So when the government tap out, private lending raises its hand and extends its checkbook - for a fee. This interest rate is not so much set by government fiat, but by "what the market will bear". Competition ideally works to decrease rates, but again as with the GAO report it is hard to estimate either the cost of loans and their collect-ability over decades of time (especially as default rates go up and down due to economic changes and fluctuations, and with technological change so fast it is hard to know who will be able to afford to pay back any given loan 10+ years from now). Thus the costs go up as companies seek more profits and a cover for the risk of having no idea when or whether they will get the money back and in what amounts, driving the costs of further - and of course the bigger the profit the better.
Private loan companies have also "lobbied" quite successfully in making it easier to collect on student loans, including making it so they are almost never discharged in bankruptcy or otherwise (other than death, at least) - yet the cost of providing loans has not plummeted. I hope you won't find me excessively cynical if I suggest there is likely a lot of governmentally protected rent-seeking behavior and regulatory-capture going on, at least, none of which are making loans cheaper.
Part 3: The Cost of Education and Reduced Government Support
Over the last few decades the federal government has tried to reduce its spending on college education, and to provide less non-research support to colleges and Universities to help defray the cost of education. At the same time, State governments have largely done the same, seeking to free up their budgets from the expense of supporting their own state colleges and Universities as well. Colleges and Universities have responded by trying to seek increased income other ways, including rapidly rising tuition - and of course spending has not gone down either.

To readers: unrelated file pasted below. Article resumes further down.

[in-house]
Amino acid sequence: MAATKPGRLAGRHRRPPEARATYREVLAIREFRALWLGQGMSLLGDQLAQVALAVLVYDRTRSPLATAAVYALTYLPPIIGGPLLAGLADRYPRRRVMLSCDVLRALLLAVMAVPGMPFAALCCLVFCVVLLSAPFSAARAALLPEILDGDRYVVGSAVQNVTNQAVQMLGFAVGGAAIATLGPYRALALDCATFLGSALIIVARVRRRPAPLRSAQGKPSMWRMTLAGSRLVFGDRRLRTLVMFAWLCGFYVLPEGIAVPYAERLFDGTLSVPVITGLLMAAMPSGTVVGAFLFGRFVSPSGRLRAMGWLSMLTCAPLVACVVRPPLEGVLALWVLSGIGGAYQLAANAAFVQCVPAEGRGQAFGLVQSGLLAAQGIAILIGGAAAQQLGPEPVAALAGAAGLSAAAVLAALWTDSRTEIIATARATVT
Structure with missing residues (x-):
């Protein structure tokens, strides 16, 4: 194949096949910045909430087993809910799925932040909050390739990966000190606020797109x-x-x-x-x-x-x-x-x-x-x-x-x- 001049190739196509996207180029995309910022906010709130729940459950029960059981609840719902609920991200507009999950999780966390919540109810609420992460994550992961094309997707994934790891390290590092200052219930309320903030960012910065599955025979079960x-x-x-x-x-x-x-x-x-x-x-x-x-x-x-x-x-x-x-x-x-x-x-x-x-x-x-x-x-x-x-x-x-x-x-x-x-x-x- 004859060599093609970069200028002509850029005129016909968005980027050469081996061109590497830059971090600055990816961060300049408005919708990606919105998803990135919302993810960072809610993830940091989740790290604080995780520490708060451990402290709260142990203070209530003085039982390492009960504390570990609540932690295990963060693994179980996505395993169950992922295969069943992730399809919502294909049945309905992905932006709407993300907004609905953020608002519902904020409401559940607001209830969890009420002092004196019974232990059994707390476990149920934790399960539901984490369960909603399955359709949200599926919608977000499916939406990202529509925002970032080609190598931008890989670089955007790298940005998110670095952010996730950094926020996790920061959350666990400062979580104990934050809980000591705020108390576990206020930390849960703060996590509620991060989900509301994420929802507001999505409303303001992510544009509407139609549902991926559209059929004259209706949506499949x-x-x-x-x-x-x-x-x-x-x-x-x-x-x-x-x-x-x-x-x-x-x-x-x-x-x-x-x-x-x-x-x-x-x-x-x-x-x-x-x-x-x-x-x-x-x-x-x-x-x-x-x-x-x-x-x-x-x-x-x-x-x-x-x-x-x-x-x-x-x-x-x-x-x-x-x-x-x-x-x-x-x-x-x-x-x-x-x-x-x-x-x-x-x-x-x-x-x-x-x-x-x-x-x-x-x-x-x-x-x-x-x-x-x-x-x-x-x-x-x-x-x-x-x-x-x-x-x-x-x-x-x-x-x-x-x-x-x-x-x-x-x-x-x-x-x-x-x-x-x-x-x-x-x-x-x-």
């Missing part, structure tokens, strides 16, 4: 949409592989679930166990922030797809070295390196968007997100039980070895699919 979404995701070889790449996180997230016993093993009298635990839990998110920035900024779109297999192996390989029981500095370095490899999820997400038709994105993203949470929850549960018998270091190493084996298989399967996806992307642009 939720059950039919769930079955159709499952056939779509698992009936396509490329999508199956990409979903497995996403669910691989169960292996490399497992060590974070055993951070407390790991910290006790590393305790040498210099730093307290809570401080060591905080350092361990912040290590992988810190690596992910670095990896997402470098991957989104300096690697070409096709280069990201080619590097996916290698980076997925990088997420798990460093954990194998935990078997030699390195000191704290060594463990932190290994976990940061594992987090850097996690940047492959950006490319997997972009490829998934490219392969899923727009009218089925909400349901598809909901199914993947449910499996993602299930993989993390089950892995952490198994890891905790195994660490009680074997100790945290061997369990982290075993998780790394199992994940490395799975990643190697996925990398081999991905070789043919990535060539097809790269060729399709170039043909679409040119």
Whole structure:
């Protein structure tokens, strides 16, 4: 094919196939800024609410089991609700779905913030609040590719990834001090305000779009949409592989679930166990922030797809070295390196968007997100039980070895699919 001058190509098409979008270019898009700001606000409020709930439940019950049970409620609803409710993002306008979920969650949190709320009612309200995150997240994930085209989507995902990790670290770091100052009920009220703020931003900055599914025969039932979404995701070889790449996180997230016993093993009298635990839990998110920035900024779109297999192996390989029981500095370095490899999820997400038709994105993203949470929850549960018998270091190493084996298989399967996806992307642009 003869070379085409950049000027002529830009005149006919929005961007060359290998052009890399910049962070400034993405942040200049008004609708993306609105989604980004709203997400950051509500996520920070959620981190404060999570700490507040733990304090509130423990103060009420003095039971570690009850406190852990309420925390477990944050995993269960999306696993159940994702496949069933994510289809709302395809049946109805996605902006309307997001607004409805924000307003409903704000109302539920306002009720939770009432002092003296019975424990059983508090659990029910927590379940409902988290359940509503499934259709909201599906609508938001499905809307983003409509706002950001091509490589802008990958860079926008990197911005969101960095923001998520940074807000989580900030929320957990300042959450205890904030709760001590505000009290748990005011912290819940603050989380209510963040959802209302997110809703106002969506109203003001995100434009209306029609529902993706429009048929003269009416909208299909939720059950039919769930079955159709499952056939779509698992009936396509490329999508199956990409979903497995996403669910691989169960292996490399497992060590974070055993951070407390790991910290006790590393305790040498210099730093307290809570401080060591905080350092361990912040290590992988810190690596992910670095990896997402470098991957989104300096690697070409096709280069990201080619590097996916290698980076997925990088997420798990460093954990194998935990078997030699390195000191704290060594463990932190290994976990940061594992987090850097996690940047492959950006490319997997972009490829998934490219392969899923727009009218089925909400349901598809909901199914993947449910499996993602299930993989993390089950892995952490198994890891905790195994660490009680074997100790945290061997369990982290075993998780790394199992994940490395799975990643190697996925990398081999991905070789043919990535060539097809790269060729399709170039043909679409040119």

Another major income source has been seeking to recruit international students and wealthier domestic students, as they receive less aid from colleges and pay higher rates, with international students often paying more tuition than would be legally allowed to be charged to domestic students. These students don't get student loans, generally, because they don't qualify or don't need them - but the demands of trying to recruit high-dollar students may actually be driving up the cost of education as well, but that's going a bit out of scope for our purposes here.
So if the government wants to spend less, and lets politely acknowledge that educational institutions are more than a little bit interested in growing and getting more money for their own panoply of reasons, what's the result?
Well, exactly the system we have today in the US. Costs of education increases have vastly outpaced inflation for decades, student loans are fundamentally hard to account for and predict financially at a governmental level, rapid changes in the economy of left traditional non-extended-education routes to middle incomes harder to secure than prior decades, incomes for the majority of the population have not grown faster than the increased costs of life in the society as it is (considering healthcare and education + general inflation - middle incomes are almost flat against inflation by itself),
A) the US Congress sets the government loan rate provide to the majority of US students, which is less than 9% but now by law more than the treasury rate by a set premium, yet it is unclear how profitable or costly the federal loan program even is, B) private lenders charge as much as the market will bear (with assistance from the government in laws to make it easier to collect and likely limiting competition from reducing rates), and C) in normal financial terms for most potential lenders, student loans are a crazy bad option, with hard to estimate repayment lengths (but which are generally long and unsteady), no collateral, and a highly difficult to predict economy which can heavily influence future repayment. Oh, and the cost and demand of college to students and parents has exploded over the last few decades, so that ain't helping matters either, increasing demands for loans all the while.
Many countries have decided that education is a good that is worth direct government spending and guarantees which are not measured as a direct return-on-investment for capital outlay, and that the society is not well served by a young generation entering adulthood with large debts from such an education - but in general, the US is not one of them when it comes to education beyond high school.
Opinions vary on the folly and wisdom of such a state of things, but after all:
The best laid schemes o’ Mice an’ Men / Gang aft agley, / An’ lea’e us nought but grief an’ pain, / For promis’d joy! - To a Mouse, by Robert Burns